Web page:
Few issues divide the public as stringently as does capital punishment. Many argue that it is "ineffective as a deterrent to criminal activity" and that it's "administered inequitably along lines of race." These concerns hardly merit the discourse they often receive. For example, a deterrent is a personal psychological condition where one weighs the risk of a choice against the impact to one's values, then opts to perform in a manner that minimizes punishment. It is not an inherent aspect of an event or thing universally capable of discouraging undesirable behavior. What this boils down to is that nothing is truly a deterrent unless you deem it so based on what you value. As far as the death penalty being inequitable race-wise, it's more inequitable economic-wise.
In order to unify society on this issue, capital punishment must be redefined. Let's consider capital punishment a form of extradition instead of execution. By doing this, we remove the immoral factor that serves to divide and relegate the act of executing a murderer to a status more palatable to our social mores.
Extradition is defined as the act of surrendering an alleged criminal to another power having jurisdiction to try the charge. Since so many people in this society believe we are transients of this physical realm and our true and original domicile is in the ethereal, then capital punishment should be considered an act of returning the soul to its original jurisdiction where the appropriate powers can expedite the charge.
Therefore, now that we have dispatched McVeigh's soul back to Hell (brimstone pit number 35H), from where it escaped so adroitly, we can be assured our actions are in compliance with the universal laws of creation (an eye for an eye), man's laws regarding jurisprudence (atonement), and also the postal process (return to sender).
Marcus H. Bland
via the Internet
A run-on sentence: The death penalty. Nothing new, been around for the ages and will be argued about for the rest of the ages. Would executing any of the older convicts on death row -- Rodriguez, White, Dunlap, Harlan -- mean anything now? Doubtful, because they are most likely very different men than when they committed their crimes.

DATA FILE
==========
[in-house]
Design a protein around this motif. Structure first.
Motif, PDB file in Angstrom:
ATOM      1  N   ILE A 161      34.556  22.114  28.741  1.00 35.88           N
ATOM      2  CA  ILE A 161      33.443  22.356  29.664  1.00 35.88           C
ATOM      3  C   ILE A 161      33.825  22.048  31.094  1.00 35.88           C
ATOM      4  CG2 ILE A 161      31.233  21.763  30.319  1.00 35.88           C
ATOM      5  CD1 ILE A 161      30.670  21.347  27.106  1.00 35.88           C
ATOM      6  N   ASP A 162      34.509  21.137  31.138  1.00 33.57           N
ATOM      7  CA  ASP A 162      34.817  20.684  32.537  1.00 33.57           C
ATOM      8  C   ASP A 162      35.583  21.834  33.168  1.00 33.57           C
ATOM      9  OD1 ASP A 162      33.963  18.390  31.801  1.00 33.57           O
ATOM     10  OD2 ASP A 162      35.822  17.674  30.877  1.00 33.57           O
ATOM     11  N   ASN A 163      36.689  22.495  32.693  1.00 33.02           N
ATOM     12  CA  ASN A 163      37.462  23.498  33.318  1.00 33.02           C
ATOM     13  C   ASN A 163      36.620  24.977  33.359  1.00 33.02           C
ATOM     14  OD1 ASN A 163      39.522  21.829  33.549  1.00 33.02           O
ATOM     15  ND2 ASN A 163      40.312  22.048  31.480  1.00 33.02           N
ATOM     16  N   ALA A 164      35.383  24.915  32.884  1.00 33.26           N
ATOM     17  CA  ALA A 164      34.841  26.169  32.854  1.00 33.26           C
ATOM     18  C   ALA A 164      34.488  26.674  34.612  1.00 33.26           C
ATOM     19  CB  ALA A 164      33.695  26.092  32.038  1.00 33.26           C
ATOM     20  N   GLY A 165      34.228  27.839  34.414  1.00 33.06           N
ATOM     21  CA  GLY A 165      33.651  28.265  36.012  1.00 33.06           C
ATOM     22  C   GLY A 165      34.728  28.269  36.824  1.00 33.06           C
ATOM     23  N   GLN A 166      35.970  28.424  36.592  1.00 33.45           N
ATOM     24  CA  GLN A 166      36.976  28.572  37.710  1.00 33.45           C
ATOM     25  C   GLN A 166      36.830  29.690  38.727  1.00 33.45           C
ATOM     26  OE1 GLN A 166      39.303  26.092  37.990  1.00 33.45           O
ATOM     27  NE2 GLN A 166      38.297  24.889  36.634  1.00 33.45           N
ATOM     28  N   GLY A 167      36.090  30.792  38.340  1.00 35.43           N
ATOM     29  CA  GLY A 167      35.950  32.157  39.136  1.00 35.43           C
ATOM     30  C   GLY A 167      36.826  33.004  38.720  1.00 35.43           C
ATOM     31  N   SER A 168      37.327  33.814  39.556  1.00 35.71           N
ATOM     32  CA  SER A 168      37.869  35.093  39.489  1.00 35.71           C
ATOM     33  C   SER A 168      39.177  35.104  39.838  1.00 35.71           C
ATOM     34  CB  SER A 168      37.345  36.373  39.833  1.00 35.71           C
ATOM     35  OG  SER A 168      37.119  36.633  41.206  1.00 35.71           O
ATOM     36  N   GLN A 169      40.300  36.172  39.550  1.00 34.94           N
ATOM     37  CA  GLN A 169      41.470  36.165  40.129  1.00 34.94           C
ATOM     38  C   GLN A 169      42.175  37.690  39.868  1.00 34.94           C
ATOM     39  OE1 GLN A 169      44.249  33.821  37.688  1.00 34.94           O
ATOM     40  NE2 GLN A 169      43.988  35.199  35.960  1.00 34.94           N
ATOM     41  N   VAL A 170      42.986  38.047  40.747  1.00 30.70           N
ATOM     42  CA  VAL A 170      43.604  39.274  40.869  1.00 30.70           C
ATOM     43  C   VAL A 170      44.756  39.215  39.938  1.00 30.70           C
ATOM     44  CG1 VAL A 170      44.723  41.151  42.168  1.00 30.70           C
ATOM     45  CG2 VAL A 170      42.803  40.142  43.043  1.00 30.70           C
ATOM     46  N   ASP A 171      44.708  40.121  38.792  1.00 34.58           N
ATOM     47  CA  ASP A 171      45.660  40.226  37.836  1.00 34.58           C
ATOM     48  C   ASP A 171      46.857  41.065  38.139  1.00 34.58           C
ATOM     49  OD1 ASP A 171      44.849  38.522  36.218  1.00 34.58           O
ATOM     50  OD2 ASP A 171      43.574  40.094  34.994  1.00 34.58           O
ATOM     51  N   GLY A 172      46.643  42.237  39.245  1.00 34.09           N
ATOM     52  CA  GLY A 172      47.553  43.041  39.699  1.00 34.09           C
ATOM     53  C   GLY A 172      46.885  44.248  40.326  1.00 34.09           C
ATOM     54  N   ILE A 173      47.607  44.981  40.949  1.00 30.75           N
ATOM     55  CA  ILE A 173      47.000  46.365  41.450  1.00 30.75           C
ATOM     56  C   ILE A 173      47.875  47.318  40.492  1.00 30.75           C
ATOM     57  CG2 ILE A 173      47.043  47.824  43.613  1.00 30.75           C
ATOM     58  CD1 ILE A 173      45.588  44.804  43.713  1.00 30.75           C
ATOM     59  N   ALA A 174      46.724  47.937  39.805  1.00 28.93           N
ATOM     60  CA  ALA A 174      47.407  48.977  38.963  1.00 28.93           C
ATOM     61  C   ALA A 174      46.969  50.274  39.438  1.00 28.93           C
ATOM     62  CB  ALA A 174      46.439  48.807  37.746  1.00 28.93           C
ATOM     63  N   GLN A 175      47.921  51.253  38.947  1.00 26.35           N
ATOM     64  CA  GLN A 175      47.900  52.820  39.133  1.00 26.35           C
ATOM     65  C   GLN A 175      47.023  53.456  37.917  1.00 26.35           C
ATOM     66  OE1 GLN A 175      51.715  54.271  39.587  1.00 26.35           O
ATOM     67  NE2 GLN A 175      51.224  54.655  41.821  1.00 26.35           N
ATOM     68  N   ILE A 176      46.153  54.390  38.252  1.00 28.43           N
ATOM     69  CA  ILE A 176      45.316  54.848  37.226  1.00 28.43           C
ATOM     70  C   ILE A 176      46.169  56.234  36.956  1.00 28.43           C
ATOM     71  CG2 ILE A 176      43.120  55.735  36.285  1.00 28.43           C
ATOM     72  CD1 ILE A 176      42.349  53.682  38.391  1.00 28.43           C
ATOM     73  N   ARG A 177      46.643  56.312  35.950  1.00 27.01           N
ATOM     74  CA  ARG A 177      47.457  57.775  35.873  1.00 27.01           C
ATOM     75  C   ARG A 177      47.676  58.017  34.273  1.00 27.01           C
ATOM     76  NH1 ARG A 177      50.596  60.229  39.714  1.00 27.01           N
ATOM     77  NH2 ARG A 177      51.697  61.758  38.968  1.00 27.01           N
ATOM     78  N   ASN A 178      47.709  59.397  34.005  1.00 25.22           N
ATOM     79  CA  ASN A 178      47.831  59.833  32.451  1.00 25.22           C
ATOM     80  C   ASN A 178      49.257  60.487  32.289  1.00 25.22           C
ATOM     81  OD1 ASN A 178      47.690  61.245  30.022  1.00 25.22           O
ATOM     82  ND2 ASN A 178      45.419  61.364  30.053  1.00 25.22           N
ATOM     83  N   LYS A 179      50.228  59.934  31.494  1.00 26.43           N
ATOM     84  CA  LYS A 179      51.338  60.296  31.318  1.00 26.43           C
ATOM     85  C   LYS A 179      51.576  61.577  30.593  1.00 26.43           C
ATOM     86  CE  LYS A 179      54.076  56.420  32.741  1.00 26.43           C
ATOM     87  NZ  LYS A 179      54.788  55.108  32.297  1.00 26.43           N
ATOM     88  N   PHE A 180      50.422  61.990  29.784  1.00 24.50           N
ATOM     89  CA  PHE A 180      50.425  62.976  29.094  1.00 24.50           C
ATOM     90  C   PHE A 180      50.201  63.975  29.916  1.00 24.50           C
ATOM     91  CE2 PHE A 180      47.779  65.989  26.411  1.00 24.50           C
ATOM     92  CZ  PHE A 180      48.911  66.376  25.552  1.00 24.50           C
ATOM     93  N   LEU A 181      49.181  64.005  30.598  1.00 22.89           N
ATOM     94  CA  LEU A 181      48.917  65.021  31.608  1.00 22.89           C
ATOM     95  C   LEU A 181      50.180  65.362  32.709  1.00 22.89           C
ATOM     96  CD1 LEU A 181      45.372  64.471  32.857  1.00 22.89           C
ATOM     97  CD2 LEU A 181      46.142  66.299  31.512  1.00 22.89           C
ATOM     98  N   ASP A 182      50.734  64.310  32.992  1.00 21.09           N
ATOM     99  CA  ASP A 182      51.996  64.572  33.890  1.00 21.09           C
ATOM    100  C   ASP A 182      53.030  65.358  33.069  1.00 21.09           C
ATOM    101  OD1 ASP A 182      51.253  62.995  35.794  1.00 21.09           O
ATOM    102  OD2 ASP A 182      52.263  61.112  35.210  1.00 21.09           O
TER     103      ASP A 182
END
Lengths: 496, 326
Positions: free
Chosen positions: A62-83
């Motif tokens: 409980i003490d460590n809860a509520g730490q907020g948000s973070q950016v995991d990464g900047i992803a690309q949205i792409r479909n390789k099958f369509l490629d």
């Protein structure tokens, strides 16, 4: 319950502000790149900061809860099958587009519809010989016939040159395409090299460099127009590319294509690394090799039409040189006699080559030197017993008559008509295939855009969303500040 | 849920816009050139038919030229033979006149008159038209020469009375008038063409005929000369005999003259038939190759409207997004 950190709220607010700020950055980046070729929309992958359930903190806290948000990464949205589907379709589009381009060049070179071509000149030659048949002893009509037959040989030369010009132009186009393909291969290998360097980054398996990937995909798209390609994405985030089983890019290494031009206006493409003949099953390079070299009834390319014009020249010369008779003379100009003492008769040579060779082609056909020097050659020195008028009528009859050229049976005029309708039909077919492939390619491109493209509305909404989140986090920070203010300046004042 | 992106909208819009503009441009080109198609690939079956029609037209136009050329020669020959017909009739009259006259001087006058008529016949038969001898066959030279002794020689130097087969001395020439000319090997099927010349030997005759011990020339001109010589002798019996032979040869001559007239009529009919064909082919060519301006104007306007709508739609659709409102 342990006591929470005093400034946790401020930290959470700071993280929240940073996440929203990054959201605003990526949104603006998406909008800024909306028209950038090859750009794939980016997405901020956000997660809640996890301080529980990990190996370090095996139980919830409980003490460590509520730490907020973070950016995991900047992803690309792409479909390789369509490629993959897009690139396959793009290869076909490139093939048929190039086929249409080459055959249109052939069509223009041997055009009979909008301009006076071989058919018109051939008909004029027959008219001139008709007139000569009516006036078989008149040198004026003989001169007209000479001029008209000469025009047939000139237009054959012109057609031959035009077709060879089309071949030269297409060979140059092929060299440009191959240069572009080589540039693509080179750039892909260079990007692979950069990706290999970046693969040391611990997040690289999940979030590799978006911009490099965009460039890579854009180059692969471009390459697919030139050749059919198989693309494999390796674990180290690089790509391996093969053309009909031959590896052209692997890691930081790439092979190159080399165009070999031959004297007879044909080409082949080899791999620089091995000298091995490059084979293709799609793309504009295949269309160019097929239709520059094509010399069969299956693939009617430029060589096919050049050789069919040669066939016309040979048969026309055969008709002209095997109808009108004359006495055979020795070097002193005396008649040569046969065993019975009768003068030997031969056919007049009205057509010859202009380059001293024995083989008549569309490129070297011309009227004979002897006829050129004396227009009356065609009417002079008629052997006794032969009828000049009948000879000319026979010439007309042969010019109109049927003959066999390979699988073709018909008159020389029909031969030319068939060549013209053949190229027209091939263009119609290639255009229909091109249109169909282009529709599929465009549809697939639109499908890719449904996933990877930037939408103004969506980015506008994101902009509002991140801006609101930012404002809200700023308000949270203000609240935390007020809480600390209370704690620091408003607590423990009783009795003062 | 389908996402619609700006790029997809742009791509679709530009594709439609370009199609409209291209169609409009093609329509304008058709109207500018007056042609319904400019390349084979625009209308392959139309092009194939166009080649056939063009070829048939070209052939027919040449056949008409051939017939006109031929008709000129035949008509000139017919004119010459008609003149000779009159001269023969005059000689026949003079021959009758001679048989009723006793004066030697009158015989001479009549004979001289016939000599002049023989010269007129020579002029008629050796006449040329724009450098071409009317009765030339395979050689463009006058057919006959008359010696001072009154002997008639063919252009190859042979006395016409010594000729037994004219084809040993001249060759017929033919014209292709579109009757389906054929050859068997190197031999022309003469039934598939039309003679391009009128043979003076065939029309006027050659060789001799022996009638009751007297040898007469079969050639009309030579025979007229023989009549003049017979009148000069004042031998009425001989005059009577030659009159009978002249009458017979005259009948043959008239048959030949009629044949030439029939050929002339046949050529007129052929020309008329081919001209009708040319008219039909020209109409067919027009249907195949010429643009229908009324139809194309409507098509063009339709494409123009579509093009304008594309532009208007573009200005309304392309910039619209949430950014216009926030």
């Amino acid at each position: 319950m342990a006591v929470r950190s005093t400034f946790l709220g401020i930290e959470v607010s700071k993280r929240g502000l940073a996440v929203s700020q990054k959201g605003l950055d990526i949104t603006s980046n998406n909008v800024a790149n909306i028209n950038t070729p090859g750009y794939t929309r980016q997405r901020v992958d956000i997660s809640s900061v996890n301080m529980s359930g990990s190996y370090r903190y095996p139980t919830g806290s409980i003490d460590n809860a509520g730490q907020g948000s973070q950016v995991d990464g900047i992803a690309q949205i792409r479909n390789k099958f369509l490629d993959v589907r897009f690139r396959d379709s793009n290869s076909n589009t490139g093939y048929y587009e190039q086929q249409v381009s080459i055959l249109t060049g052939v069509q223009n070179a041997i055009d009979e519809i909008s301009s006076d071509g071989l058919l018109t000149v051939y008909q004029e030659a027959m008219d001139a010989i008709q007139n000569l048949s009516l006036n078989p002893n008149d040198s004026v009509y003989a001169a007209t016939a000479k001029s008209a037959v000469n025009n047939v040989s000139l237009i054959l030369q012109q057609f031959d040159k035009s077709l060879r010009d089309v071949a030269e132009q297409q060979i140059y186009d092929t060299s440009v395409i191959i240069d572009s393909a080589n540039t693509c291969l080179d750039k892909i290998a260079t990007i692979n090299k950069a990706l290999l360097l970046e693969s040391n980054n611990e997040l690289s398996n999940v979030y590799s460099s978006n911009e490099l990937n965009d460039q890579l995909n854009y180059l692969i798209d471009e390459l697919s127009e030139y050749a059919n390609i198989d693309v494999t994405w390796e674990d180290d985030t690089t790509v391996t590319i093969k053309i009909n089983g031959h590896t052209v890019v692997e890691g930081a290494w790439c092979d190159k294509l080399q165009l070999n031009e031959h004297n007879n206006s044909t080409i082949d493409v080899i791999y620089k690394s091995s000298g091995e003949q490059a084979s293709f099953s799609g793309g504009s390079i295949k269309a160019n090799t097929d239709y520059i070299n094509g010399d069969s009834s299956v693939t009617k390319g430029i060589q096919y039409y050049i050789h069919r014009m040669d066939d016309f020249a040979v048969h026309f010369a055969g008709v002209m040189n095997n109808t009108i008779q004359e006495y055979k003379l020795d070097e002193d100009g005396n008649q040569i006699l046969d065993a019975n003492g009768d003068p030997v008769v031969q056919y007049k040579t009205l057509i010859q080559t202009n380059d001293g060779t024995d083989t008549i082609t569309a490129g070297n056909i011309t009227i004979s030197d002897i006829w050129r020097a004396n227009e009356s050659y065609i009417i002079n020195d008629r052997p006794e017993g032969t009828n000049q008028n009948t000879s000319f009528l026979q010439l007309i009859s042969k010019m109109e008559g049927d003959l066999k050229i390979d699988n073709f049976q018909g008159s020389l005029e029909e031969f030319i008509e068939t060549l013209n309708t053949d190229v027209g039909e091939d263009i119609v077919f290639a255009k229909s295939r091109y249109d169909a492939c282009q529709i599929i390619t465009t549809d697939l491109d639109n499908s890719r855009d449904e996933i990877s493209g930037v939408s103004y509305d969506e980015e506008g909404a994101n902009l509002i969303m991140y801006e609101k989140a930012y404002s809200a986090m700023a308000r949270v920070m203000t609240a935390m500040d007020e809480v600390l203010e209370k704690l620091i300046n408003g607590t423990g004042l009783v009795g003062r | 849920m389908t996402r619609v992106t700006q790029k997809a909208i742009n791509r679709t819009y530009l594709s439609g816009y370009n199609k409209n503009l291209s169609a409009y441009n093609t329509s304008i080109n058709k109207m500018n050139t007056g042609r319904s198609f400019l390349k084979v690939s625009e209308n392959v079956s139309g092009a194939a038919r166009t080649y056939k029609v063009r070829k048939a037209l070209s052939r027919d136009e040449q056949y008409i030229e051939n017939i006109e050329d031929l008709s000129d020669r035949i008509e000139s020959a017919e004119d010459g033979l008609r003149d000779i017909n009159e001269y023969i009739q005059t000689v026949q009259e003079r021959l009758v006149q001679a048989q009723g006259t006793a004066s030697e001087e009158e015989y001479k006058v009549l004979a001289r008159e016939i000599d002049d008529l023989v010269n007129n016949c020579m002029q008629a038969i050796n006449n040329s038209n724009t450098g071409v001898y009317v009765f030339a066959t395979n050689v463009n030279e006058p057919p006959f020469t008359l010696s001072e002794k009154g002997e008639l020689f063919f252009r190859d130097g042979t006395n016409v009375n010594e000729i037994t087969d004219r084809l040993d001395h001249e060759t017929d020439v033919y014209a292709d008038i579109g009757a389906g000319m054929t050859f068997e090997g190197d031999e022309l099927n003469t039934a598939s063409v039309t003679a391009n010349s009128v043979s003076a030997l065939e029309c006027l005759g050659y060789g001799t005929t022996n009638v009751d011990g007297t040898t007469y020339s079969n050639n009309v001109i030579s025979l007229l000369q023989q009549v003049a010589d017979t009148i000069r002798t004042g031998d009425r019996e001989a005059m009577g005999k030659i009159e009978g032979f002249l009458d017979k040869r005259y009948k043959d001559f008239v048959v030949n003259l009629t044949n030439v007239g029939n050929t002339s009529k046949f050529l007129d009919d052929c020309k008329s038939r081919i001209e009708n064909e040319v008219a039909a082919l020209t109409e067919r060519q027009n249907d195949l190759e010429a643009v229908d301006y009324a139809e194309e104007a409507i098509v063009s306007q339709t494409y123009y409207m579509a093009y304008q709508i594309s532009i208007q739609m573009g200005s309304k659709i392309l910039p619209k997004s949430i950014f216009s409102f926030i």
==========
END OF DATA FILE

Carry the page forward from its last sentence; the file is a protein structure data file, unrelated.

The death-penalty debate would be far better if the court had the courage of its conviction, no pun intended. If death meant death -- and right after the trial, not in seventeen years, like the Rodriguez sentence. Gary Davis met his maker; Rodriguez, Harlan, Dunlap and White should now meet theirs. Where is the dignity in keeping a man in a cage while the lawyers go on lawyering and the whole mess gets sadder for everyone involved, especially for the families of the victims? Sadder still, these people are the forgotten ones in all of this.
The death penalty is nothing more than revenge: Some people in Colorado deserve theirs. Thank you for the story.
via the Internet
The lunar bin: In response to Steve Jackson's finely written historical and factual presentation regarding the death penalty in Colorado, and as a consequence of the capital murder of Tim McVeigh Monday morning, I can only say that all "aggravators" and/or "mitigators" do not change the heinous, barbaric and uncivilized response of the government in taking an additional life. Violence obviously begets violence, and this is very sad, yet not indelible.
When man landed on the moon thirty-some years ago, I remember thinking to myself what a wonderful venue for our socially "unfit." It was and remains remote, stark, difficult to get access to and from, and, once colonized by those with the bare essentials, would be a potential breeding ground for a new generation of more "fit" citizens for this world. If we had thought this way several decades ago or now rethink what appears to be an absurd approach, a more civilized, intelligent, possibly fiscally sound and more conscionable approach to dealing with murderers could be achieved.
J. Matthew Dietz
Death-defying: I read Steve Jackson's "Murderers' Row" and found it very balanced and very informative. I testified at a number of the trials of people he wrote about, and I visited some of them at the former death row and at the current CSP death row. I was jail/prison chaplain for fourteen years, so I met them early in their long road to life or death. I'm looking forward to the rest of the series.
P.S.: Ray Powers and I were not exactly drinking buddies.
Cracker jock: Art Biggs is a fool to diss Derf's The City in his May 31 letter.